When it comes to handling complaints, Rebecca Bowman might just have jumped out of the fire and into the frying pan when she left a state job in consumer protection to head Howard County's Office of Consumer Affairs.
As director of the mediation unit of the state attorney general's office of consumer protection, Bowman was charged with handling 100,000 phone calls and 12,000 written complaints a year. It took a staff of nine and 60 volunteers to manage the workload.
In her new position, which she took over in March, about 200 written complaints are logged annually by a staff of two investigators, and the number of phone calls hasn't even been tracked, she said.
"It's a question of visibility, and ours is not what it should be," said the Columbia resident, who moved to Hickory Ridge six months ago. "Consumers always have the choice where to file a complaint, but I would love this office to be the first place they call."
County Executive Ken Ulman said Bowman's desire to make the department "relevant to people's lives" was one of the reasons she was hired to replace Steve Hannan, who retired in November. Howard and Montgomery counties are the only two local jurisdictions in the state that have consumer rights offices, Ulman said, adding, "A lot of people may not be aware that our office even exists."
Ulman said he was also drawn to her penchant for new ideas regarding such hot topics as foreclosure and the environment. Bowman, in turn, said that's what she likes about the county executive.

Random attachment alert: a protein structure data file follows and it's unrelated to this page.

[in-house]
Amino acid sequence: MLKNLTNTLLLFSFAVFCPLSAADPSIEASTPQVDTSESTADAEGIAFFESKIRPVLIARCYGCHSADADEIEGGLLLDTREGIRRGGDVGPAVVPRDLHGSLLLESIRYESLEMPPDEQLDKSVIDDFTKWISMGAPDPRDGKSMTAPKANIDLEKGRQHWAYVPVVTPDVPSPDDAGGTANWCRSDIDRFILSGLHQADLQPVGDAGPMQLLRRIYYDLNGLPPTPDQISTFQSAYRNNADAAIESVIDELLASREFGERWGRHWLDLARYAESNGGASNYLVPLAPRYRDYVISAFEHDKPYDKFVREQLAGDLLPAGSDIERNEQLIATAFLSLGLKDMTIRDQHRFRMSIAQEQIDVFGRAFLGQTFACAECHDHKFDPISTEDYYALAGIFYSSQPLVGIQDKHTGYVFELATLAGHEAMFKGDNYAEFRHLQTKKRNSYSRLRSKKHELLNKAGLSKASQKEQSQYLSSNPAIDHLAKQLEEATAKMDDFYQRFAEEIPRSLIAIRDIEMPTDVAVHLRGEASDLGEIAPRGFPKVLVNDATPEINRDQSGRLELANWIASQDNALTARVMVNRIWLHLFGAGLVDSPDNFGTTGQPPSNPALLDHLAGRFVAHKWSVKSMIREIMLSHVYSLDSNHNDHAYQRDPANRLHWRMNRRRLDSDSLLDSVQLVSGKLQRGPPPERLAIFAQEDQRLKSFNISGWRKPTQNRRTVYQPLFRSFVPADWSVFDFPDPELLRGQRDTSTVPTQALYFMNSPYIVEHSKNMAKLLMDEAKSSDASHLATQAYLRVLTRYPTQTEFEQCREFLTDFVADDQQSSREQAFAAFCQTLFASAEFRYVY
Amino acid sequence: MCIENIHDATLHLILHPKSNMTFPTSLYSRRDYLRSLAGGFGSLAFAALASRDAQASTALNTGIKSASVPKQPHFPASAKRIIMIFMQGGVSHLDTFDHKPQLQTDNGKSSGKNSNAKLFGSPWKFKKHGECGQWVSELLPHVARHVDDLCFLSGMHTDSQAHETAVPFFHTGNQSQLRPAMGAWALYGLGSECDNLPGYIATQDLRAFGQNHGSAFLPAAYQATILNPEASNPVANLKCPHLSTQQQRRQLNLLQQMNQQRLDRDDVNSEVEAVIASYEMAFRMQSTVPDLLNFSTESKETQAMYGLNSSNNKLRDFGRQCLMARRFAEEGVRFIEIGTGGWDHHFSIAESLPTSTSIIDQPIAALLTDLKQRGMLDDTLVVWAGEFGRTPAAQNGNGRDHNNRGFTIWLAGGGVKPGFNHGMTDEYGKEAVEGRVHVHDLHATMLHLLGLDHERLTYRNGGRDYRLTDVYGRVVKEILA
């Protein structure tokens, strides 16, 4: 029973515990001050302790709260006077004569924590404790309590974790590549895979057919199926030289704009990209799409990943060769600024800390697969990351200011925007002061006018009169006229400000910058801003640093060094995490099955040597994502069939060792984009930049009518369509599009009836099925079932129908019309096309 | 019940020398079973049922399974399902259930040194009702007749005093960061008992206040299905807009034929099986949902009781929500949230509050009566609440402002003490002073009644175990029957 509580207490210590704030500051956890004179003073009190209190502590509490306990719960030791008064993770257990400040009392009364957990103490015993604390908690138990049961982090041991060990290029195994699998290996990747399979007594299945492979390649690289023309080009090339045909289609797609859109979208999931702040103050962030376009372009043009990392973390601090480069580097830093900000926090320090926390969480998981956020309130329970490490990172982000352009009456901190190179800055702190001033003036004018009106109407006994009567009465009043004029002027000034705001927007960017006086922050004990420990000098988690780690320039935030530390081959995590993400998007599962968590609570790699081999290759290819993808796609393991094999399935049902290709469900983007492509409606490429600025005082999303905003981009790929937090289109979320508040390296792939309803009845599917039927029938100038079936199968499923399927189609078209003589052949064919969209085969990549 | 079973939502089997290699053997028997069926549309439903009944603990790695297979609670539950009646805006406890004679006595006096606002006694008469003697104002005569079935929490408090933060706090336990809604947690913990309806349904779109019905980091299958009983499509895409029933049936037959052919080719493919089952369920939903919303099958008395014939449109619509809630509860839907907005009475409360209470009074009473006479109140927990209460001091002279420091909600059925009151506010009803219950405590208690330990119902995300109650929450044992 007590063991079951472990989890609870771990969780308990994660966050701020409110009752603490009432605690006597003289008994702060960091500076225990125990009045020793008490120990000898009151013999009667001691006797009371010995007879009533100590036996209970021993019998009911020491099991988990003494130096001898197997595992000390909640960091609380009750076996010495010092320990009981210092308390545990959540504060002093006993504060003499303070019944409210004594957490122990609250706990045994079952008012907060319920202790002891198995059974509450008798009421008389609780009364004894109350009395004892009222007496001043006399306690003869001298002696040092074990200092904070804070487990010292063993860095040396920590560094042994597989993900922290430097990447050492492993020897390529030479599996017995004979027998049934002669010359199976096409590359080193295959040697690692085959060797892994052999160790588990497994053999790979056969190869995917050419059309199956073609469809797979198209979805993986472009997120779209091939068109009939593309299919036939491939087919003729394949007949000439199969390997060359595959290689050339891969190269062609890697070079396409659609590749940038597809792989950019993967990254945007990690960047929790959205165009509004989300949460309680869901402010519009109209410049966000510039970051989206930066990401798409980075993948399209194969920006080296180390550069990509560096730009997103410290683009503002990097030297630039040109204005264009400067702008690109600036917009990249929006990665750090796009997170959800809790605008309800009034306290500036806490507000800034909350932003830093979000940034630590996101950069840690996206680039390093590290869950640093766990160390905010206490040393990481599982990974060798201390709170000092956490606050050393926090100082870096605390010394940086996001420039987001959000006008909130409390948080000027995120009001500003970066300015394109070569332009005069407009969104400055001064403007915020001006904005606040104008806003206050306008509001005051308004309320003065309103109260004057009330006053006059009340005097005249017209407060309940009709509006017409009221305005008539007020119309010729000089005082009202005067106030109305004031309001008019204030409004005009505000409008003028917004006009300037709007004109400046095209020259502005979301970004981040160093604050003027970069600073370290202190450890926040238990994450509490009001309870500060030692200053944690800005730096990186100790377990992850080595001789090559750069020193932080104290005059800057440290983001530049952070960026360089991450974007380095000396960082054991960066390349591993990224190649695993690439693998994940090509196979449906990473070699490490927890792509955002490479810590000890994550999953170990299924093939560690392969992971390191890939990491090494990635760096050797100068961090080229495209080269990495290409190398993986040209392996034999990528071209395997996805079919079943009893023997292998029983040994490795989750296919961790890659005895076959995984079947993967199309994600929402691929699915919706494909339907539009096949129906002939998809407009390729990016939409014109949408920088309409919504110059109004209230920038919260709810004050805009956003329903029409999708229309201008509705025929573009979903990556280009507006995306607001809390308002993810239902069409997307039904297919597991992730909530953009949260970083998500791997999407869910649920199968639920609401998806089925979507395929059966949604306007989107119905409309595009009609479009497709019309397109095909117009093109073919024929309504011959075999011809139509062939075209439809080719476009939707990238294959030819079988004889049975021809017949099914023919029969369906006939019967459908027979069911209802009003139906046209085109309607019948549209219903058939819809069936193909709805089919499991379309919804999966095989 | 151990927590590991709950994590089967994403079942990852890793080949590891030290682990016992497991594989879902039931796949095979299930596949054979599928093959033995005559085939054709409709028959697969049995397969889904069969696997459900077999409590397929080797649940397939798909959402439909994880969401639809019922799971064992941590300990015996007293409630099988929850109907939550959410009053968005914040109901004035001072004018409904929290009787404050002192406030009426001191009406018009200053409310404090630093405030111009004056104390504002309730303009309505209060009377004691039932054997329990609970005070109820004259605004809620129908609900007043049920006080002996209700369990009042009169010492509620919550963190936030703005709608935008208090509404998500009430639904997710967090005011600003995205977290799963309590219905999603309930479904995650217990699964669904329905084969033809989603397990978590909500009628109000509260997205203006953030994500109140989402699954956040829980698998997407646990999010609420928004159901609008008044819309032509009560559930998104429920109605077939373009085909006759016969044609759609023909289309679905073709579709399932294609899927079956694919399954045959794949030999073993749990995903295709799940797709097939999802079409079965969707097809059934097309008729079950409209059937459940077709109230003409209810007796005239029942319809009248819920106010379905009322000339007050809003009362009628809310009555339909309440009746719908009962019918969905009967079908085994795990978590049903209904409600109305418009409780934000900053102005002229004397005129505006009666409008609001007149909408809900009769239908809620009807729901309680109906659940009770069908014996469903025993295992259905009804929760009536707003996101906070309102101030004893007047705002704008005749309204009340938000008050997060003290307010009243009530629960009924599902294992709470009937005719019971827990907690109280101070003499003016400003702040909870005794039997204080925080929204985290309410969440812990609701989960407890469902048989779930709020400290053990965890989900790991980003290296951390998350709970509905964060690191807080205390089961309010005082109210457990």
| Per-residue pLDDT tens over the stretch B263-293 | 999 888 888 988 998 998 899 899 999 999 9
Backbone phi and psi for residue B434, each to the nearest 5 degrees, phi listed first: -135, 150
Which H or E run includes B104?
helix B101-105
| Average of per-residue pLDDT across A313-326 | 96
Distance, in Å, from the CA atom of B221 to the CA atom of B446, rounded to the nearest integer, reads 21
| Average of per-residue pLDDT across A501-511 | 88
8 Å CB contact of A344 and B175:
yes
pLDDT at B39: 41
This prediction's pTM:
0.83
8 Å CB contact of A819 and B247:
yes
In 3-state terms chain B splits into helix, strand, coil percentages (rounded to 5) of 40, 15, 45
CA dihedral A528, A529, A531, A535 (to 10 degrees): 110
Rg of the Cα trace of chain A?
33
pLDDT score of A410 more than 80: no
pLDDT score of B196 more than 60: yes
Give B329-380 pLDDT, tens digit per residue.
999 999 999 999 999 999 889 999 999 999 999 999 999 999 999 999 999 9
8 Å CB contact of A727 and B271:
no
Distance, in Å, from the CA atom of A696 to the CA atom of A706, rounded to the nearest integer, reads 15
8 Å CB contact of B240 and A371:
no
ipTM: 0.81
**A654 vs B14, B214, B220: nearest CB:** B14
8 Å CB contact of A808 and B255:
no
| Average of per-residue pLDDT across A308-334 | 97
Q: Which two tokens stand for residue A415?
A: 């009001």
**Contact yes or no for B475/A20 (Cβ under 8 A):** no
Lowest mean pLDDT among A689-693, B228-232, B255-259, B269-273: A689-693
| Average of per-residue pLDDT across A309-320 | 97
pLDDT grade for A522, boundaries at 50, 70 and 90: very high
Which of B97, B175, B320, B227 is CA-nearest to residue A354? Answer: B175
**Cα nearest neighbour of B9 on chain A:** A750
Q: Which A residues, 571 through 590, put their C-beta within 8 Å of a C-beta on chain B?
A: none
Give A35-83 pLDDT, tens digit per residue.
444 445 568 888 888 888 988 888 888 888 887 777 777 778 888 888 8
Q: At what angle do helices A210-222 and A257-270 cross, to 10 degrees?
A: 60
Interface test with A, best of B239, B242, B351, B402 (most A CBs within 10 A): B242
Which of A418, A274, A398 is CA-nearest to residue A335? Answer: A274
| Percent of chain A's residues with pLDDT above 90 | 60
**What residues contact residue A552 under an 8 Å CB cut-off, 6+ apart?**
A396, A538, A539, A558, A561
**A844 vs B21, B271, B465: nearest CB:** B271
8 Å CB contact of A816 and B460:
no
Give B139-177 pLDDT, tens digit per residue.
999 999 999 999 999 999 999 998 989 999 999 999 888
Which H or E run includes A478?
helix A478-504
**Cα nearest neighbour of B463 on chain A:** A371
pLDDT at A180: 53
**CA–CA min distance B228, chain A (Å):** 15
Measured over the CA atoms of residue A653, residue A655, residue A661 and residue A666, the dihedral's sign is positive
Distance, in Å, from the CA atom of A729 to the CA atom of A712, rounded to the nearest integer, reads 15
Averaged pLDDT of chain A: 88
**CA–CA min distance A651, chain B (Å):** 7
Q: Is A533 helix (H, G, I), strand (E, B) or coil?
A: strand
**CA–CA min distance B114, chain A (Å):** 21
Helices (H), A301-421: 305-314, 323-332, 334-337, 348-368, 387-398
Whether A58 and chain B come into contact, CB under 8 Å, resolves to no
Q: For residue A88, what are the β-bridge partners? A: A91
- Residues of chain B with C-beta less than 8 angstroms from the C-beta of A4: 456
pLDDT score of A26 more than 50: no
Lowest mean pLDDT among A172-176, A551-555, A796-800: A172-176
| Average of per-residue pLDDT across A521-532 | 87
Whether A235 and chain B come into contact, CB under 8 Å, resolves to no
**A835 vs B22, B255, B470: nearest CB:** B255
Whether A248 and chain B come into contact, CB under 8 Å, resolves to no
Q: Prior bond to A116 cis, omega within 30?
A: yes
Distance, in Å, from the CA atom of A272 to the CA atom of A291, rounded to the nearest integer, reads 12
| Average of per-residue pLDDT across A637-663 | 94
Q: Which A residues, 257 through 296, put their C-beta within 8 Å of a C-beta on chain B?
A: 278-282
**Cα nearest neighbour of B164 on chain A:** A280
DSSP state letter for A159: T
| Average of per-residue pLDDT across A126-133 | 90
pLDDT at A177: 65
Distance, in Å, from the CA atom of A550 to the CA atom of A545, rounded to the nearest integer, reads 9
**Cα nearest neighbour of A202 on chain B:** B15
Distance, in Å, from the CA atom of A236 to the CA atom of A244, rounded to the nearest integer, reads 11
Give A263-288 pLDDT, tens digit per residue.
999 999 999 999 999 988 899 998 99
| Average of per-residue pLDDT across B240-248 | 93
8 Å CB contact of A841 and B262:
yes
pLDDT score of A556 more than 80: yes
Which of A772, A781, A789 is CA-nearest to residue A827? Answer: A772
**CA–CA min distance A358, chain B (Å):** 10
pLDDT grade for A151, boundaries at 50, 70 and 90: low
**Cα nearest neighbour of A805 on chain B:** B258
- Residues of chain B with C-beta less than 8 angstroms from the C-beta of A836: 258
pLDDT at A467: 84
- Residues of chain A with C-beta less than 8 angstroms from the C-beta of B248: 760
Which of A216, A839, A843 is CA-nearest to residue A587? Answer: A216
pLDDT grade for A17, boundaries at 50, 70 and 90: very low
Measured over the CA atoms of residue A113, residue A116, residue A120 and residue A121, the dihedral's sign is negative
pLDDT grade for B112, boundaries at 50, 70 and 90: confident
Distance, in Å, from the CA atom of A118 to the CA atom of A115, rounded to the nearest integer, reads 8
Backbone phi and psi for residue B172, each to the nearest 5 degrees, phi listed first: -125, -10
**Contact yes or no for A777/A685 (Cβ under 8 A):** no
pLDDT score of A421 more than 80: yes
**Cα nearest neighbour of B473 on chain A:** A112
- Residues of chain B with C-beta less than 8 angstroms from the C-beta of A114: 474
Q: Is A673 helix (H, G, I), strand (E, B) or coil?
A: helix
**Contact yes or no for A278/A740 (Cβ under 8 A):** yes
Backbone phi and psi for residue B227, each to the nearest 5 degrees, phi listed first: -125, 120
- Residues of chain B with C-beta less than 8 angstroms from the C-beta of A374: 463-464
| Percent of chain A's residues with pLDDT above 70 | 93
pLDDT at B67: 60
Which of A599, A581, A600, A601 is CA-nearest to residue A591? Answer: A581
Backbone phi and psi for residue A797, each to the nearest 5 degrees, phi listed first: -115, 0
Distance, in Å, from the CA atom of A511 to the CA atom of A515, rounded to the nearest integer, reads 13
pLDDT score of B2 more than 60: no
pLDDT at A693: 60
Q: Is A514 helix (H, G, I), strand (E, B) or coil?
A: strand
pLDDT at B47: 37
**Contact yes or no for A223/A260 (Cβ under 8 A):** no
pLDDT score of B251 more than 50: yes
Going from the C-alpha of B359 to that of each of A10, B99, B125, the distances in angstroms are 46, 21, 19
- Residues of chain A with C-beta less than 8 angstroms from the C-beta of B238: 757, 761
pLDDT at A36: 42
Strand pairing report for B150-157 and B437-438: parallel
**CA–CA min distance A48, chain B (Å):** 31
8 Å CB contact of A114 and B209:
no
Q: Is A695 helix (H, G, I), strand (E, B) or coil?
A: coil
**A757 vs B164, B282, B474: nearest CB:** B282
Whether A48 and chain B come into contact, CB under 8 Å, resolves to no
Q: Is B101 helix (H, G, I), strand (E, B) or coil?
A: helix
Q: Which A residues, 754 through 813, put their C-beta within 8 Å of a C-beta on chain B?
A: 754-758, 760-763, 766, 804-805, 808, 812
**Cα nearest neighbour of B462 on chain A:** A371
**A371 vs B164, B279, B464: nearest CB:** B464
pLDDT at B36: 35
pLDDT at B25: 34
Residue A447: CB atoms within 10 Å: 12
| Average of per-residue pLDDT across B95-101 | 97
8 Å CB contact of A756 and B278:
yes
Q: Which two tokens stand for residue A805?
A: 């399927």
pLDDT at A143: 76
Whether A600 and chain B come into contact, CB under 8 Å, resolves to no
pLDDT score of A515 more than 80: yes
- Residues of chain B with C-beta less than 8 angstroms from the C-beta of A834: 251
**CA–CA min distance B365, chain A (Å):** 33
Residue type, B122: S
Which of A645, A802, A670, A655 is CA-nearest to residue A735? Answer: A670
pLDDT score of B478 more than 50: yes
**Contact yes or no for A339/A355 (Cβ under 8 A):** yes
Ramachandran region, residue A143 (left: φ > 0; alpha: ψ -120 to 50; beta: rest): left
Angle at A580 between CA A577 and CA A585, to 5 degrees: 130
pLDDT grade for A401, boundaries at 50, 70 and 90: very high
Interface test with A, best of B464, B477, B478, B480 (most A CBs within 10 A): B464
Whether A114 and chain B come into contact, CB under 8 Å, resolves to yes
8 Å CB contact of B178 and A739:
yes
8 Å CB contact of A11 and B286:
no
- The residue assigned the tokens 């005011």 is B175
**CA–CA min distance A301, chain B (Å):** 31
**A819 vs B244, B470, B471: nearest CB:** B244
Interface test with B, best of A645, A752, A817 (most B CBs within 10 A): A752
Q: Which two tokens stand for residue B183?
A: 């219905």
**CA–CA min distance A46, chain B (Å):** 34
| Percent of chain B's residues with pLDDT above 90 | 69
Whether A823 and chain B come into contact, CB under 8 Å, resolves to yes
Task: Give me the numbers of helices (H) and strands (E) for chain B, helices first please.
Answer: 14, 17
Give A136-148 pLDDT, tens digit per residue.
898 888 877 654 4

"Ken is doing exciting and progressive things in the county," she said, such as initiating the Healthy Howard program to provide health coverage to uninsured county residents. "He is also very smart about creating an environment where people are comfortable in being innovative."
Bowman, 52, said she has told Ulman that she wants to partner with most, if not all, county departments. "All services in the county have a consumer component, so the more we can work together the better," she said.
While the volume of complaints she deals with may have decreased, Bowman said her duties have increased.
"It's nice to have more responsibility in a smaller pond," she said. "I'll be able to actually direct and influence enforcement action while still working with the legislature."
She said she plans to place an immediate emphasis on getting a handle on the foreclosure laws passed during the recent General Assembly session.
"Howard County is a very interesting place to be, as there are many, many affluent people, but there's also a segment of not-so-affluent, foreign-born residents," she said. "We don't have the foreclosure rate of Prince George's County, but it is still a devastating problem even if only a few people are experiencing it."
She has taken over a case that was initiated by her predecessor against the owners of a foreclosure rescue agency that persuaded two elderly sisters to sell their home to them and then rent it back. Once the deal was finalized, the agency promptly attempted to evict the sisters, she said.